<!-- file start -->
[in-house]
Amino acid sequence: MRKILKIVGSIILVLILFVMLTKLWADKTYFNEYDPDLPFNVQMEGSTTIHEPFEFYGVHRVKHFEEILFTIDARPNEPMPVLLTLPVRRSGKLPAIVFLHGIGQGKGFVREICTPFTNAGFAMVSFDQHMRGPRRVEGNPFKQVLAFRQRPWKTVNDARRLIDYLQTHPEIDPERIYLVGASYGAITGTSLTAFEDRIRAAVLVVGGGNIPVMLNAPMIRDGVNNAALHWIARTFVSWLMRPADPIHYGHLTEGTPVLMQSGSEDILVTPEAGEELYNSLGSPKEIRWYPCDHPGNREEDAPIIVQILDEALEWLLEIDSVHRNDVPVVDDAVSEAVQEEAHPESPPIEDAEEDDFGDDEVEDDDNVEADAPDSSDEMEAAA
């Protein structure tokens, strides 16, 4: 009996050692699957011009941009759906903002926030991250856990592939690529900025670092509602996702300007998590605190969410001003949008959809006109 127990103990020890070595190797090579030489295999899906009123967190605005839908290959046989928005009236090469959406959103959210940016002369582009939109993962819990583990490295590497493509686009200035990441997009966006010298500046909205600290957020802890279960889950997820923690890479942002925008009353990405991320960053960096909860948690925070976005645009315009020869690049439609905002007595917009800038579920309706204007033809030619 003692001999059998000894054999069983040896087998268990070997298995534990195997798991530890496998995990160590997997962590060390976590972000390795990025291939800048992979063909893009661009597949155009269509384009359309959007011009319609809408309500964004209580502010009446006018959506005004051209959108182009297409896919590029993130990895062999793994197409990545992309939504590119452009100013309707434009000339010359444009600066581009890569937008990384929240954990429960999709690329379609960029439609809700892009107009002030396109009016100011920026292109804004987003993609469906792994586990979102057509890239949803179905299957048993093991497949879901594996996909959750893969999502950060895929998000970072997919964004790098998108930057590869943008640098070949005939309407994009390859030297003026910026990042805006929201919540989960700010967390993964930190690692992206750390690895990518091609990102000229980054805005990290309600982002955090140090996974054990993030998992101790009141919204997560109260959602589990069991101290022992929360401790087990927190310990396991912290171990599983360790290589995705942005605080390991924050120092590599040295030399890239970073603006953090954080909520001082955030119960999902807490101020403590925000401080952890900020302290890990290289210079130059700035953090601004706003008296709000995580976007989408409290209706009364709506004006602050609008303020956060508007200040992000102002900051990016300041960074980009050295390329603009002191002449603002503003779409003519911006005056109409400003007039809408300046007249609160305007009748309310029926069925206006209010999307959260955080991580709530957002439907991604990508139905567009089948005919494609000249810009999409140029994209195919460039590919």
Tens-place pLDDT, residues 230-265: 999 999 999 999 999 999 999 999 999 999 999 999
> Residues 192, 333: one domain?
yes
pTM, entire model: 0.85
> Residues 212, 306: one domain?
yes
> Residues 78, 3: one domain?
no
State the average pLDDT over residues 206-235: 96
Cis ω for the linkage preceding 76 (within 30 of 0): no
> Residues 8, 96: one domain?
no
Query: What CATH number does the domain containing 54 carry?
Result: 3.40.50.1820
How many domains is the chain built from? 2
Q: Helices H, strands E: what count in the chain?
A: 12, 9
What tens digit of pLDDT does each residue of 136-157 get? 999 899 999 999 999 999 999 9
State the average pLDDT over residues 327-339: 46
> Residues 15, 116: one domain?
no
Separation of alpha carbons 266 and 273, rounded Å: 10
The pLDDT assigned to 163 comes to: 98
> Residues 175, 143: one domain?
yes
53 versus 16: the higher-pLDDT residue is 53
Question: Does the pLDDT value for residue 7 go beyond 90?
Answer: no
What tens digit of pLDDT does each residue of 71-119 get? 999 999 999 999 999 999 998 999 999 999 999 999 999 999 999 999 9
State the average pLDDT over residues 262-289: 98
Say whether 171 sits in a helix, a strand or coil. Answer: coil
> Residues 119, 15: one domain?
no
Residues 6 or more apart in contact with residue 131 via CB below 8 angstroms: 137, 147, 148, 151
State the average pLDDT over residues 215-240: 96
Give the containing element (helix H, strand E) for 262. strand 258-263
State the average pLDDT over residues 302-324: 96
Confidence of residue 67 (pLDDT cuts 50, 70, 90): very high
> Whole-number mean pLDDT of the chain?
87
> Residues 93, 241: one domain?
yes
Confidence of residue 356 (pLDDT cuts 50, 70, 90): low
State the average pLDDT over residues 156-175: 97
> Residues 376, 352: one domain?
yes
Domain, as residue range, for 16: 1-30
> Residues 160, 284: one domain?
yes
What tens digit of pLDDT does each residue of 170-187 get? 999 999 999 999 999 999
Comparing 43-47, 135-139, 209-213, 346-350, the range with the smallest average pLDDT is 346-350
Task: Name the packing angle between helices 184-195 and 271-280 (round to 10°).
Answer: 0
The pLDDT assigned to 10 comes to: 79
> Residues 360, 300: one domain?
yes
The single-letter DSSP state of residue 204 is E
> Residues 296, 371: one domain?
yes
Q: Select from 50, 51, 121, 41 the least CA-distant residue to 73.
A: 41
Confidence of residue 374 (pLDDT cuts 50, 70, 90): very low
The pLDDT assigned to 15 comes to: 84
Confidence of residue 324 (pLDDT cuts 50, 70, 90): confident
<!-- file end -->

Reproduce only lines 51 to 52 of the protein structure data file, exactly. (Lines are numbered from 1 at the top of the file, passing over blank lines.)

> Residues 160, 284: one domain?
yes